If you’ve ever walked along Wilton Drive on the third Saturday evening of the month, you may already know Rob Saunders.
Until COVID arrived, you could find his affable presence in a tent lined with oil paintings, pastel and charcoal drawings, and prints mostly of nude or seminude male figures. He hopes to rejoin the Art Walk one of these months.
Living in Fort Lauderdale since 2009, spending his time as an artist, has truly been a second act for Saunders. He studied electrical engineering in his native England but didn’t want to work at it. Instead, he joined BBC Radio as a tech and moved over to producing. Through an exchange with NPR in 1975, he found himself in Washington, and after his time there was up, he got a job at Physicians Radio Network. He moved to New York with that operation and eventually wound up working for Reuters.
When first in New York, married with kids, Saunders would “escape” once a week to the Art Students League.
“Portrait painting was the only course open, and it took me about a year before I got the hang of it,” he said. “I thought I could supplement my income by painting portraits, but I discovered I hated doing commissions because of having to please the sitter in addition to myself.”
Saunders came out in his early 40s, left his marital home, and eventually divorced. He also stopped painting for two decades. He remembers saying to himself, “Once I retire, I will take it up again. And that’s what I did.”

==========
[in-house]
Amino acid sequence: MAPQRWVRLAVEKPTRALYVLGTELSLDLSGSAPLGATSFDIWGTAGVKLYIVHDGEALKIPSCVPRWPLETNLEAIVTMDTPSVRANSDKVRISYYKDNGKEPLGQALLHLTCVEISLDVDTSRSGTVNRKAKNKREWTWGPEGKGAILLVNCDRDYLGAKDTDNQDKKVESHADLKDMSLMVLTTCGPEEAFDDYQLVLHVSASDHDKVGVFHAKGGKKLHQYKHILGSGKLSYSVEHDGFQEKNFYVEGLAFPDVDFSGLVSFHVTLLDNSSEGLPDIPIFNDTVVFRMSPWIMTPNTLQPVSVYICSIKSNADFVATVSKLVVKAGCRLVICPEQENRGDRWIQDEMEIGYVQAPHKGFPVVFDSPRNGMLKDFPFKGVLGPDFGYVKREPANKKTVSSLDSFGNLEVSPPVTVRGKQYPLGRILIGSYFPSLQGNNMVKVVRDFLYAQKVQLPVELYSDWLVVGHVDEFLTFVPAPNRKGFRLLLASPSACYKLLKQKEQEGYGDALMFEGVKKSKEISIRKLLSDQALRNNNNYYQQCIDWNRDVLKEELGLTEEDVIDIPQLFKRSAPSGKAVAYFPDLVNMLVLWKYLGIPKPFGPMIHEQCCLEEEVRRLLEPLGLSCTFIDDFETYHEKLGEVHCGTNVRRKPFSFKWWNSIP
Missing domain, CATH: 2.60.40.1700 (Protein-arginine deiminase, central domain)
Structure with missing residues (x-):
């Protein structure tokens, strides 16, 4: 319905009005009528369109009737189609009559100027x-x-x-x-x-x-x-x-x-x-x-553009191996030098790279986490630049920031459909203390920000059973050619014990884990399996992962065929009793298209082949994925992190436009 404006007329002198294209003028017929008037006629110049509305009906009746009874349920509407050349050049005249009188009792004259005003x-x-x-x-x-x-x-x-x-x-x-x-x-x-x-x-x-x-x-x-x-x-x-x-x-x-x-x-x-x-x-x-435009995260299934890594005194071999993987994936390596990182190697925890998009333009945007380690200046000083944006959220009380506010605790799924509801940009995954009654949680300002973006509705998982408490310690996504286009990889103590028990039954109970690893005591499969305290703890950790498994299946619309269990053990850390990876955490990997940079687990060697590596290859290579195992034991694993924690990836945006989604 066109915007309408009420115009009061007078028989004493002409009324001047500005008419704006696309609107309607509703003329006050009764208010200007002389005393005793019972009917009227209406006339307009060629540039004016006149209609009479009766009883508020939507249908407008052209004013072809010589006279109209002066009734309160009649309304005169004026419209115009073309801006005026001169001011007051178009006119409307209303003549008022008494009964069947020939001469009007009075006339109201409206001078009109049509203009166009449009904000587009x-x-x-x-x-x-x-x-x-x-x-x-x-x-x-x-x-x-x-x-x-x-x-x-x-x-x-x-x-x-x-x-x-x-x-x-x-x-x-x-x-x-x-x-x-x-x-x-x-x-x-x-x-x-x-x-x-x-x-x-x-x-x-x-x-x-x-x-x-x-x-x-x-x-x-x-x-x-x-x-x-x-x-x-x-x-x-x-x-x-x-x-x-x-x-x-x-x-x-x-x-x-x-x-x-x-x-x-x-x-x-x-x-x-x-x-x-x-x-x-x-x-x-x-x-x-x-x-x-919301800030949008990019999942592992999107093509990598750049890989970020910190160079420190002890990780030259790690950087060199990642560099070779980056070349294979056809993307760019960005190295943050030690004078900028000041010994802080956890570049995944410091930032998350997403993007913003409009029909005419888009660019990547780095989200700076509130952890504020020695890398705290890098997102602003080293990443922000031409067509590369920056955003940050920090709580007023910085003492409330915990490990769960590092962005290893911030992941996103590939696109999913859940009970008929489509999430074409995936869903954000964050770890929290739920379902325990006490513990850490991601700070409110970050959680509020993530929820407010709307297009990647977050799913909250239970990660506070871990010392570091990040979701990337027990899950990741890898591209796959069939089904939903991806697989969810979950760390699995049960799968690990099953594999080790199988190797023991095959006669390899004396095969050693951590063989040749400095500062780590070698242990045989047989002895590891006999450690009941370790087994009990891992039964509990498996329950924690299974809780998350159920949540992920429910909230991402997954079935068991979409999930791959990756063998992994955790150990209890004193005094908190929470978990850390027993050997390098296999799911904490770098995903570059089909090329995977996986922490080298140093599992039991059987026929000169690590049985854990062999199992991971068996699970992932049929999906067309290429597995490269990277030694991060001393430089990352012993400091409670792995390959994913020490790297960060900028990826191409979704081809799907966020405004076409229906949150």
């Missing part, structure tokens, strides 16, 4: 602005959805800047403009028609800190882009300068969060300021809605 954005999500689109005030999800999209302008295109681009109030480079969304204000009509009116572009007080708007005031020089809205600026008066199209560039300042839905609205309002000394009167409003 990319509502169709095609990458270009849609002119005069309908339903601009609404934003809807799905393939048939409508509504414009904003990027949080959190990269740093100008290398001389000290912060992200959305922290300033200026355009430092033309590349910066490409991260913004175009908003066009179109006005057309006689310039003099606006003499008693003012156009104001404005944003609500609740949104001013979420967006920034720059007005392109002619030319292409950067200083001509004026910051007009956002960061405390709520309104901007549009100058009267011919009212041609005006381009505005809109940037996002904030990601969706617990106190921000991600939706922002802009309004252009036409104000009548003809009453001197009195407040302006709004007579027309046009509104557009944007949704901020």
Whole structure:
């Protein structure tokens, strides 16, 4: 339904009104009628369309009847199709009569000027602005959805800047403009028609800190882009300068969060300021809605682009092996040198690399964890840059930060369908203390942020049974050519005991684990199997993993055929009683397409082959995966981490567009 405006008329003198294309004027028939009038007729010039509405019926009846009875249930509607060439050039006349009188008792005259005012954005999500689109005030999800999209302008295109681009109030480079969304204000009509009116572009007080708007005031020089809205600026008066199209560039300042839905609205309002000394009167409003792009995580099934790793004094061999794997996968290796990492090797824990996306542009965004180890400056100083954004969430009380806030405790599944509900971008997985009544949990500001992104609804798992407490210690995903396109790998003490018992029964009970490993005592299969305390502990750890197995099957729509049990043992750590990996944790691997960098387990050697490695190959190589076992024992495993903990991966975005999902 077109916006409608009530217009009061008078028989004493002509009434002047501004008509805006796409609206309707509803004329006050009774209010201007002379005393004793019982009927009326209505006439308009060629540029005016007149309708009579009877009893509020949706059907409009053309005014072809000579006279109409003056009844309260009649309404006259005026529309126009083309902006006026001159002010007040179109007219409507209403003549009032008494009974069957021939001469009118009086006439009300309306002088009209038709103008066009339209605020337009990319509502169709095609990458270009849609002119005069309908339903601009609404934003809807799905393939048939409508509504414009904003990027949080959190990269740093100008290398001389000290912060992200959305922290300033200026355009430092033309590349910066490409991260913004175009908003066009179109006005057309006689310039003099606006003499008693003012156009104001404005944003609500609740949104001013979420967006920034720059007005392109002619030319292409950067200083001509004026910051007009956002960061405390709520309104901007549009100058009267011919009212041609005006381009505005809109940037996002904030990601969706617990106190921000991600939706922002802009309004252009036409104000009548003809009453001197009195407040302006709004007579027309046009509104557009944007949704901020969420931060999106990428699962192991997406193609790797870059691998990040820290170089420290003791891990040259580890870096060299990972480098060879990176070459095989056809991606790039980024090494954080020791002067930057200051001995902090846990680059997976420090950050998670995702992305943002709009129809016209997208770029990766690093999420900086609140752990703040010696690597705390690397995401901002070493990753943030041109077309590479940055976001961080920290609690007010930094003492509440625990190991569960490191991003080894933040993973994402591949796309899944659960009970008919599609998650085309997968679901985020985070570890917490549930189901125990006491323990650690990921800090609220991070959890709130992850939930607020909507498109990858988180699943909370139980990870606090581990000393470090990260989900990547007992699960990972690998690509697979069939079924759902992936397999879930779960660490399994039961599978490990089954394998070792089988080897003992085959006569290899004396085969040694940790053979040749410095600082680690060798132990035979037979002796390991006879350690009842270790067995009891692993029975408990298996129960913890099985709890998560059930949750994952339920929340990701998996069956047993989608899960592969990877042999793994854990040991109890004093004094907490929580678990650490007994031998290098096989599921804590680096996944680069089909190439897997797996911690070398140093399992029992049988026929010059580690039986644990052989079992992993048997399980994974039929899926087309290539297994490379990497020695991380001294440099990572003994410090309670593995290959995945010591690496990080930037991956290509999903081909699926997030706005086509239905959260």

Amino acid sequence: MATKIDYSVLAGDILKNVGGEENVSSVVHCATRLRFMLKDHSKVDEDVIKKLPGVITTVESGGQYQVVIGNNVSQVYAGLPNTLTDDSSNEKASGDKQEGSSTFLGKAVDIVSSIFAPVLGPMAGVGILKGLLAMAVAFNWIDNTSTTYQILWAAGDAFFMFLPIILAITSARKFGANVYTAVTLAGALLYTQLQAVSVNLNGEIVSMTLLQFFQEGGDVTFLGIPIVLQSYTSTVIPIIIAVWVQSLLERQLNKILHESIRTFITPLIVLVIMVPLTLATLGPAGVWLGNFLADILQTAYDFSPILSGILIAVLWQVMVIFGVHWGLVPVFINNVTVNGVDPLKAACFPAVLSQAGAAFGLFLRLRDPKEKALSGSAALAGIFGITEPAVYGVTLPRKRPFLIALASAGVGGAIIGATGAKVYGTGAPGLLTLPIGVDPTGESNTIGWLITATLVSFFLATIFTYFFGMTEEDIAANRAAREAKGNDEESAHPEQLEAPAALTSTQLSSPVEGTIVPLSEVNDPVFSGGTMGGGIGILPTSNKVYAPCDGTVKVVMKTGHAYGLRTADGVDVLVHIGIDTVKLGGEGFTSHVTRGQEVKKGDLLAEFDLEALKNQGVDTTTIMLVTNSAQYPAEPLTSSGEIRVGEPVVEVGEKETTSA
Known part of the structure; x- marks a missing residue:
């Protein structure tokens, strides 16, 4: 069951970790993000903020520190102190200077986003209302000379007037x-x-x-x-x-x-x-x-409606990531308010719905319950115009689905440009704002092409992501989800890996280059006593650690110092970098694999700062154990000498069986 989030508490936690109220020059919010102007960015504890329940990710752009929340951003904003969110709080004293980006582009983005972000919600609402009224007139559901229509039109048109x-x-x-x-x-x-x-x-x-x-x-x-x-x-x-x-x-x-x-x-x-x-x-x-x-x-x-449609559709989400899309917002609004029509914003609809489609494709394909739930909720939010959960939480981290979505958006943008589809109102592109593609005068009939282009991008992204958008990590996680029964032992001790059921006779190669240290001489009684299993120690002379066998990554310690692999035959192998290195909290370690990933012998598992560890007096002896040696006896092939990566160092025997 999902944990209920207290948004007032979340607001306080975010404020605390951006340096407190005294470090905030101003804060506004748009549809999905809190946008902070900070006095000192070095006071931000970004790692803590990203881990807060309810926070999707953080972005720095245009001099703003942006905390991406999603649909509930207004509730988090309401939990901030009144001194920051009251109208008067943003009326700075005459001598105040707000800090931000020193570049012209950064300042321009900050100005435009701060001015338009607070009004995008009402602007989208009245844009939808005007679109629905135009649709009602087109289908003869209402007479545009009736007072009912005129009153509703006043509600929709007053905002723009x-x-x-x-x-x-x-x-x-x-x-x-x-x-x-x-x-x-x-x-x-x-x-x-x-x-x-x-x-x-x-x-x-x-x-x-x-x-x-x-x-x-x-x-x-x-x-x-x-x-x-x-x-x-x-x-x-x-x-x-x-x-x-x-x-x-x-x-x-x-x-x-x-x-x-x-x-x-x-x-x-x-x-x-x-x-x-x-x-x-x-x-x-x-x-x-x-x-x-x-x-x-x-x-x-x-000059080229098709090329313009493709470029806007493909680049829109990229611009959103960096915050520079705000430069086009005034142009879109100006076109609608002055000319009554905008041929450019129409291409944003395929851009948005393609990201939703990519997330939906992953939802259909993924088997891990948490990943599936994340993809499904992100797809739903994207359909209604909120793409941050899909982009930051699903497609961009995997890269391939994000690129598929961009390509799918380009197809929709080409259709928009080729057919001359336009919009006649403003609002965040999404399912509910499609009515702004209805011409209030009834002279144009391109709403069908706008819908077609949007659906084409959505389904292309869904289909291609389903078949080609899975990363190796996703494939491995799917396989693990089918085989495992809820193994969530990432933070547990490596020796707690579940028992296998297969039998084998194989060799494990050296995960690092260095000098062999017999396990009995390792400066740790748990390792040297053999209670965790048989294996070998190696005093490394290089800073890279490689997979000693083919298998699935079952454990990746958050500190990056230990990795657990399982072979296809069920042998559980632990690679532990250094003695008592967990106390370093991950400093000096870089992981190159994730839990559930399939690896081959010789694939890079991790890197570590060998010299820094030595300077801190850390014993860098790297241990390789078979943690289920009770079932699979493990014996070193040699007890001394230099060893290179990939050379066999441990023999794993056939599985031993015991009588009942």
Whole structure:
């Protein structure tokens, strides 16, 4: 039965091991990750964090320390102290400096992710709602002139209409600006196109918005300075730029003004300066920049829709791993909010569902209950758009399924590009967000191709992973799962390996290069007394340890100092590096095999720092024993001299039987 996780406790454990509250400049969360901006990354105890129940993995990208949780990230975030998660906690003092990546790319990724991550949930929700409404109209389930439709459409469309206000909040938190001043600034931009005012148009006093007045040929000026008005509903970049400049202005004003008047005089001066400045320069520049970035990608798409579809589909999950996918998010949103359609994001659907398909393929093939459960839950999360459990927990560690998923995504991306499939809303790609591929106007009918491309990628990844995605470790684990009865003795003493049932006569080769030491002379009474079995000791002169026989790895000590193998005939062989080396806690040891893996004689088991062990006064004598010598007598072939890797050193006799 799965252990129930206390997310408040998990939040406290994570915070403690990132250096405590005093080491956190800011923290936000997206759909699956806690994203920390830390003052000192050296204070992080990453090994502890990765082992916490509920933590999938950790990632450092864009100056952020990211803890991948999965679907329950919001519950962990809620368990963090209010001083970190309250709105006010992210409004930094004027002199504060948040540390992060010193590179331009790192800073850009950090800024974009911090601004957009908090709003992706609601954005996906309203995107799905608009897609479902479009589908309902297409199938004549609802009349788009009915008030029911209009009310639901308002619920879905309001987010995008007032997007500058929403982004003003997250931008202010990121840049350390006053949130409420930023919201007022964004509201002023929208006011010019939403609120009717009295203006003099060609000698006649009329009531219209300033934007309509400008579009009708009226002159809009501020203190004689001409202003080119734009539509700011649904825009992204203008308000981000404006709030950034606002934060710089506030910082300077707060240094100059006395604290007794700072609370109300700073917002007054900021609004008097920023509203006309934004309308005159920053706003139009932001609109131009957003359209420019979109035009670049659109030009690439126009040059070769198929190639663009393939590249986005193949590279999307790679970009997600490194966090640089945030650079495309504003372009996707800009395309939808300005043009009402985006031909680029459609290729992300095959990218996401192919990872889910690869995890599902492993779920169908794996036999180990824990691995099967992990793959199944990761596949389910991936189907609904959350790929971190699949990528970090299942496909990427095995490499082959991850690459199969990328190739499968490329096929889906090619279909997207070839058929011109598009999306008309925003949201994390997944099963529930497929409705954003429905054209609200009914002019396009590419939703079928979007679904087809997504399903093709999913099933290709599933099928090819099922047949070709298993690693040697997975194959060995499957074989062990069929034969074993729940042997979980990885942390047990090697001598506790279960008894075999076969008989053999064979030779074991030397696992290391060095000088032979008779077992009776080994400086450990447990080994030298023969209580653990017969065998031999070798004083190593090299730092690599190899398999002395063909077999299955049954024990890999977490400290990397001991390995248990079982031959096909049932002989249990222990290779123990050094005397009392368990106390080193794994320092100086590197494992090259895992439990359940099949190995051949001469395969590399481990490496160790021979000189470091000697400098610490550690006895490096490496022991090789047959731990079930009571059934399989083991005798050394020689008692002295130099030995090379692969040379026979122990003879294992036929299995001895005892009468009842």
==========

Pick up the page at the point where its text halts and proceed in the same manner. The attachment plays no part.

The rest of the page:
Through weekly classes with instructor Kirk Nicklas and his own experimenting, he developed a signature style.
“Figure drawing or painting is a three-way thing: subject, painter, and viewers. The human image immediately draws viewers in. I don’t work in photorealism but interpret the subject loosely in a way that viewers can add their own story to the canvas,” he said. “At this stage of life, I don’t have a lot of roads ahead of me. I can’t just evolve organically but have to push myself to try different styles. I enjoy finding out what I like.”
Saunders finds his second career very fulfilling.
“I don’t do it to make money; I do for its own sake. It’s nice when someone buys a painting or appreciates it, but that’s not what I’m really about,” he said. “My prices are quite reasonable. By making prints, almost everybody can afford to own my art. I have a website, but I don’t really market through it; it’s just a showcase for my work. I am, however, starting to use Instagram.”
Saunders said current COVID restrictions have taken some of the fun out of making art.
“I do miss the Wilton Drive Art Walk and exhibits at Broward Art Guild and other places, where I can talk with the people who come by,” he said.
It’s important, Saunders said, to find your passion once you retire.
“While you’re working full time, you never really have time to cultivate a side talent,” he said. “I do sometimes wonder where I’d be if I had done this all the way through.”
To see more of Saunders’ work visit SaundersArtwork.com and follow him on Instagram at @saundersartwork.